Top 3 Things to Consider Before Selling a Home with Foundation Issues15 Jun Jim Oursler
A home’s foundation is essential as it sounds. A properly-built foundation is key to maintaining the structural integrity of a home. A poorly-constructed foundation, on the contrary, can be hazardous not only to the residents but also to the neighborhood.
Having these in mind, can you sell your home if it has foundation issues? The short answer is, of course, you can! But, is it going to be easy? Of course, not!
In this article, we explain to you 3 main things to consider before selling a home with foundation issues.
1. Foundation Problems
First, you'll need to find out your foundation's problem. The best way to do this is by hiring a professional foundation repair company. A reputable, local foundation repair company should be able to assess and evaluate any problems your foundation has.
Generally speaking, foundation issues are caused by settling. Foundation settling is caused by the moving or shifting of the soil beneath your home. This is a common problem in older homes.
Typically, foundation settling isn’t a cause for concern. However, in some cases, it could cause serious damage to your home if the settling becomes severe.
So, how do you know you have a settling and foundation problem? The following are the signs to be on the lookout for:
• Water in the basement or crawl spaces of your house
• Wood planks in your flooring are becoming ajar
• Cracks beginning to show in vinyl and ceramic tile
• Large gaps outside in the concrete around the house
• Drywall cracks and gaps between the wall and ceiling
• Sloping of your floors or staircases
• Windows become difficult to shut or have cracks in the glass, and doors jam shut or stick
• An alignment that is off in your windows or doors
After checking for signs of foundation damage, the next thing is to check the severity of the problem. For this purpose, you’ll need to determine the type of cracks in your foundation.
The following are common types:
• Horizontal cracks
These are alarming. With such cracks, you may need an entirely new foundation to stabilize your home.
• Masonry join cracks
If the crack is larger than a quarter of an inch, the problem may be serious.
• L-shape location
These may not necessarily mean structural damage. These occur when the foundation steps down to follow the curvature of a hillside and other possible reasons.
• Hairline cracks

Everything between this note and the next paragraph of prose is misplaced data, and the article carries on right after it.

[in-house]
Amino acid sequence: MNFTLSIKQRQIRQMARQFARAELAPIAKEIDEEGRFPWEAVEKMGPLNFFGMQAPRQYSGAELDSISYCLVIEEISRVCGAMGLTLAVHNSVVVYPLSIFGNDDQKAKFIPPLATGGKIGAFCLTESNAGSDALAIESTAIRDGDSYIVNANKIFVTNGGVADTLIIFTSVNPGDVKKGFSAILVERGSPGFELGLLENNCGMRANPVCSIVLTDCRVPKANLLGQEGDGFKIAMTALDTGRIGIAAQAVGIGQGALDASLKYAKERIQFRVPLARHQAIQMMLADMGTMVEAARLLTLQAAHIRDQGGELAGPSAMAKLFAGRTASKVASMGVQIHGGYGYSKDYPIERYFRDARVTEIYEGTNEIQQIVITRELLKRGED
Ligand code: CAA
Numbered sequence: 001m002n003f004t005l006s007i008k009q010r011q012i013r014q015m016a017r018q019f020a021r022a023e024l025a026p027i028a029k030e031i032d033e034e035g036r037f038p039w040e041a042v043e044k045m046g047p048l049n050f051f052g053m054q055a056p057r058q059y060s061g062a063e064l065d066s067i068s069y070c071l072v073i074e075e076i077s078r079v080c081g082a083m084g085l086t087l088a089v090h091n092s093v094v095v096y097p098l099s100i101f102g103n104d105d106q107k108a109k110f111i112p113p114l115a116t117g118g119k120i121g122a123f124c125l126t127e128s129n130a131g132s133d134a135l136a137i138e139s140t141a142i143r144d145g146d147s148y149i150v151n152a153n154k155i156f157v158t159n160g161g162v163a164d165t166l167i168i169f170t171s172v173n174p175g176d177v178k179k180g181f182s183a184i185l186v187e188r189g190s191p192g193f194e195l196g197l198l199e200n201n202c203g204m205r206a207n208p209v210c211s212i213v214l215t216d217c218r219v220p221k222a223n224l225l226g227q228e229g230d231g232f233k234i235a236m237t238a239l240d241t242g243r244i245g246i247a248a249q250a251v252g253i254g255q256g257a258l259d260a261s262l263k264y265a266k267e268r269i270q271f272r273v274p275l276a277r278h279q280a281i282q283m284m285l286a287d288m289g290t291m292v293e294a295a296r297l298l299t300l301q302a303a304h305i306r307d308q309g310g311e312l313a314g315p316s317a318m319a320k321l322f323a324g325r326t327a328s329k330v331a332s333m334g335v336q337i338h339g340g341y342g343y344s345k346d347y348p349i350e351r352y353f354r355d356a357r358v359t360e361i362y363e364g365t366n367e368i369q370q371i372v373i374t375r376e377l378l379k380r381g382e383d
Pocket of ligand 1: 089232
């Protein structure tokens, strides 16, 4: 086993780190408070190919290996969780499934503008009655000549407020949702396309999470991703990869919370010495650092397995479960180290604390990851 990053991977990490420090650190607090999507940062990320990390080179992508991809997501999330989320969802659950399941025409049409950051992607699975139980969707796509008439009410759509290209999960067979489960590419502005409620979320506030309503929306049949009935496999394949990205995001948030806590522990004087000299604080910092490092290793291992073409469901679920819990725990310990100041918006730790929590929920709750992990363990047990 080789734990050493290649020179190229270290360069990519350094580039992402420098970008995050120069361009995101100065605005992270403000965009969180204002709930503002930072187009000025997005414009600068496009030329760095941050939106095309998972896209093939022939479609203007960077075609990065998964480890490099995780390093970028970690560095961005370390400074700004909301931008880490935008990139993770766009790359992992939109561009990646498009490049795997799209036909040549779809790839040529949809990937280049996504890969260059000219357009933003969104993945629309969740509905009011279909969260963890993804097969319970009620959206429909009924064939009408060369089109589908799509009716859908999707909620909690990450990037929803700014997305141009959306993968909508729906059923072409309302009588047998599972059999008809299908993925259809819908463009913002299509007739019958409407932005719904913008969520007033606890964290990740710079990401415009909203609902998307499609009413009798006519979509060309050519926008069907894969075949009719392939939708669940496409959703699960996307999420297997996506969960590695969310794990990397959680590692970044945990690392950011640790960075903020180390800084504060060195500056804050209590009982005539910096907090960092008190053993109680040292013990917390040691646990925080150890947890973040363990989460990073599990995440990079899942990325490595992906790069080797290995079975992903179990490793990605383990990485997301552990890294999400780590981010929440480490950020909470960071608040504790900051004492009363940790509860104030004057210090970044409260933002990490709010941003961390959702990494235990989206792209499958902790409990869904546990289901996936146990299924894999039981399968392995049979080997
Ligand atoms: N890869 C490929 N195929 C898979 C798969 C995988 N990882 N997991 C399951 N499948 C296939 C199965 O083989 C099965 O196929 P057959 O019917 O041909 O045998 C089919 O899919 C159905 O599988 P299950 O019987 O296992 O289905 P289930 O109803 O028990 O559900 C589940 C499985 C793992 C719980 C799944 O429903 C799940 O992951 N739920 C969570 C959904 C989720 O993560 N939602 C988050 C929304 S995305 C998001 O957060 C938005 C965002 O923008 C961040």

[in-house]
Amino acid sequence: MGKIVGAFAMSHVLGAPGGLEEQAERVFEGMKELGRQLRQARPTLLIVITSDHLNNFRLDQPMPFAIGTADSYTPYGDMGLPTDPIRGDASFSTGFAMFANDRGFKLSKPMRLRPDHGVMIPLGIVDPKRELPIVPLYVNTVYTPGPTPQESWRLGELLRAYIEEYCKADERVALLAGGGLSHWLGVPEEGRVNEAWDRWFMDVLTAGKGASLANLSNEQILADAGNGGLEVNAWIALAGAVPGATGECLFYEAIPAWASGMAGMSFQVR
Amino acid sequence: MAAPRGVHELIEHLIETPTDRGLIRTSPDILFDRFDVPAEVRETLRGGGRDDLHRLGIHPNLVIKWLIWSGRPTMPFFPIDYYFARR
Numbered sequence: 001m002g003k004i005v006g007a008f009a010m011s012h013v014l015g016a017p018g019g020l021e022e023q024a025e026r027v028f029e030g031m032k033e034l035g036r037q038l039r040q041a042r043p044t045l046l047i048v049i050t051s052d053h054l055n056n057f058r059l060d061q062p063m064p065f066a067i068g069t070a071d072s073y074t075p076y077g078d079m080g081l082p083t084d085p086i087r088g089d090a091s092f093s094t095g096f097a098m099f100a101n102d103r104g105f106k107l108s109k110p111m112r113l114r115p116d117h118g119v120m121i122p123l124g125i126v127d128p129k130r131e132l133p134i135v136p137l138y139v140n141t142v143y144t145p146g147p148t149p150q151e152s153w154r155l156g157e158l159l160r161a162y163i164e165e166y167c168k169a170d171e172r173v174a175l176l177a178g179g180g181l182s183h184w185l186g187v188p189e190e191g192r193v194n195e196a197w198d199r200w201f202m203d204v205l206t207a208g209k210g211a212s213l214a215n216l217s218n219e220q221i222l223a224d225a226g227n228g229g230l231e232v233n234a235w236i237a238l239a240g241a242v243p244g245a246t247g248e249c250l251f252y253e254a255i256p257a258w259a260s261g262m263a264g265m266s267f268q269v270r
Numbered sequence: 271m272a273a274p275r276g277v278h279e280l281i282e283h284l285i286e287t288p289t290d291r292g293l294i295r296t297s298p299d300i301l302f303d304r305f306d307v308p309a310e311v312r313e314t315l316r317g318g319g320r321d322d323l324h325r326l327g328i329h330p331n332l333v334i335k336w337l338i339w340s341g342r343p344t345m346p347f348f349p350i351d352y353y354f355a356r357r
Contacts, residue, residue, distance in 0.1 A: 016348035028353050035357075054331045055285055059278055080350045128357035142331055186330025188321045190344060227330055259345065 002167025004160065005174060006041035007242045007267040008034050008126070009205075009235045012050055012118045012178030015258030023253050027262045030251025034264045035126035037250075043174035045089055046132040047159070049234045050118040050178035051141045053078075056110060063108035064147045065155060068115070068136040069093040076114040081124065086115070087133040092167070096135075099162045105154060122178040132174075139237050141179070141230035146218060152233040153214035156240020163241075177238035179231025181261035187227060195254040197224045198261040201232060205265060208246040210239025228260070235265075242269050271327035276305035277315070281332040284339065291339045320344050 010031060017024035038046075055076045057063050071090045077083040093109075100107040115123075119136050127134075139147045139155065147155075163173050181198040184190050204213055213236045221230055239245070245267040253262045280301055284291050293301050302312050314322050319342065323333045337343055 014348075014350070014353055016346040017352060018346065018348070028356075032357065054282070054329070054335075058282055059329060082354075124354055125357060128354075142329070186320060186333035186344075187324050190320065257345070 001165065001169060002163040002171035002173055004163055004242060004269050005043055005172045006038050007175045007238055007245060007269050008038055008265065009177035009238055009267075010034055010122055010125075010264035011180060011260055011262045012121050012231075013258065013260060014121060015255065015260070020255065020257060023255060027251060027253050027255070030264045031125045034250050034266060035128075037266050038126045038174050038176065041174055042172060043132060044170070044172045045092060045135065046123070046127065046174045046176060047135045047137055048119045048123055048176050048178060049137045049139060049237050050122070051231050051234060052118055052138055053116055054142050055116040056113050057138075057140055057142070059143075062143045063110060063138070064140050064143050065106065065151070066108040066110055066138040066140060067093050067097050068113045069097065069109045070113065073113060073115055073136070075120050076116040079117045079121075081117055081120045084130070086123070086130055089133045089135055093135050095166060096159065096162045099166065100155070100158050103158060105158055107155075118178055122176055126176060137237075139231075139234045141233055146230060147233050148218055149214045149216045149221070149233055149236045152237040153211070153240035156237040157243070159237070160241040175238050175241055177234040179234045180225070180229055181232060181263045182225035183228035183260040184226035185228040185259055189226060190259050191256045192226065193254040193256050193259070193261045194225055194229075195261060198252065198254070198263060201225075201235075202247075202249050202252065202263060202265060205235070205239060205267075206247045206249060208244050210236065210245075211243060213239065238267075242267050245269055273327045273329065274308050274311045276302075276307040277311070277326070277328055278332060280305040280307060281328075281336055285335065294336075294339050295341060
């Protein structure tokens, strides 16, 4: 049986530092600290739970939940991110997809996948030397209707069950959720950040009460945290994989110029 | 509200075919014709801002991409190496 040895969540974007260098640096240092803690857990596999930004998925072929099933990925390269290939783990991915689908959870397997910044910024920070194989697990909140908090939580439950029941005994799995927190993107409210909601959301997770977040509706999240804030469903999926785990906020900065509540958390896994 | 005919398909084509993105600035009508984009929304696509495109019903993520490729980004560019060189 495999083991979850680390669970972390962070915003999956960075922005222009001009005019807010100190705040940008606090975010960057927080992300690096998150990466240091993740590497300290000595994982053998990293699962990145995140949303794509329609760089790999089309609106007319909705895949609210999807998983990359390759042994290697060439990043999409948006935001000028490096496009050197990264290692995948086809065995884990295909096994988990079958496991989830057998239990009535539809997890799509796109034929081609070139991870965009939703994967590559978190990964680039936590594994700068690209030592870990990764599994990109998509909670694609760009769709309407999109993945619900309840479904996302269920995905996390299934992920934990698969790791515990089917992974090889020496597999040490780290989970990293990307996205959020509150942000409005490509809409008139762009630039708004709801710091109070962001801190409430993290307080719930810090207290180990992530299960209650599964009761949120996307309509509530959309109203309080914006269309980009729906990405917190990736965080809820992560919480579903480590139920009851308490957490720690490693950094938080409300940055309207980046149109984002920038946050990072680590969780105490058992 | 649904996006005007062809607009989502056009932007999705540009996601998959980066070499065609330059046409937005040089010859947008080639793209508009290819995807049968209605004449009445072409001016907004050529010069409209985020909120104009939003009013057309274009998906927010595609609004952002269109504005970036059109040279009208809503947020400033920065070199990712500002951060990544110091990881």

These take place between the mortar in concrete and are not usually worth losing sleep over.
• Less than a quarter inch
Most often, these small cracks are typical and occur as the house settles. You shouldn’t obsess over them yet.
3. Homeowners Insurance
You may be uncertain of whether you count on your homeowners’ insurance policy to cover foundation repair, or not. You may be covered if the foundation damage was caused be a covered natural disaster, such as a tornado or an earthquake. However, most basic homeowners’ insurance policies will not cover foundation damage caused by negligence or foundation settling.
When buying an insurance, make sure that you read the fine print and have the insurance agent answer any questions that you may have.
Options available when selling a home with foundation issues:
Try selling the house as-is.
- Some buyers may see a house that needs extensive repairs as an investment opportunity. They could fix the foundation issues and then flip the house for a profit.
- However, for the vast majority of buyers, a house in need of extensive repairs often means “money down the drain.”
- If a buyer is willing to buy your home as-is, it doesn’t mean that their lender is okay with it. Conventional lenders, like HUD and VA, often require that homes be structurally perfect.
- Most buyers will be denied financing or be subjected to unfavorable loan parameters or higher interest rates. Therefore, if you decide to sell your house as-is, understand that many buyers may have a hard time qualifying for it.
Fix the issues and then sell the home.
- You could also decide to fix the foundation issues yourself before selling your home. You’ll need to hire a competent structural engineer to assess the problem. Usually, an assessment from a good engineer will cost you between $400 and $900 depending on where you live.
- Expect to pay between $5,000 and $10,000 if your foundation requires new support piers or anchor bolts beneath the foundation. For serious issues that require entire replacement of the foundation, the costs can run you between $20,000 and $40,000.
- Unlike the first option, buyers will be less weary to make an offer as they know you have already done the heavy lifting.
Foundation issues are by no means the end of ones hopes to sell a home. If you decide to sell as-is, make sure that you disclose your home’s condition and price accordingly. If you don’t, you risk a lawsuit once the issues are discovered by the buyer.
If you decide to fix the foundation issues yourself, make sure you get a written opinion from a qualified structural engineer. Repair work backed by a lifetime transferable warranty will be a big selling point with buyers. As such, choose a foundation repair company that offers one.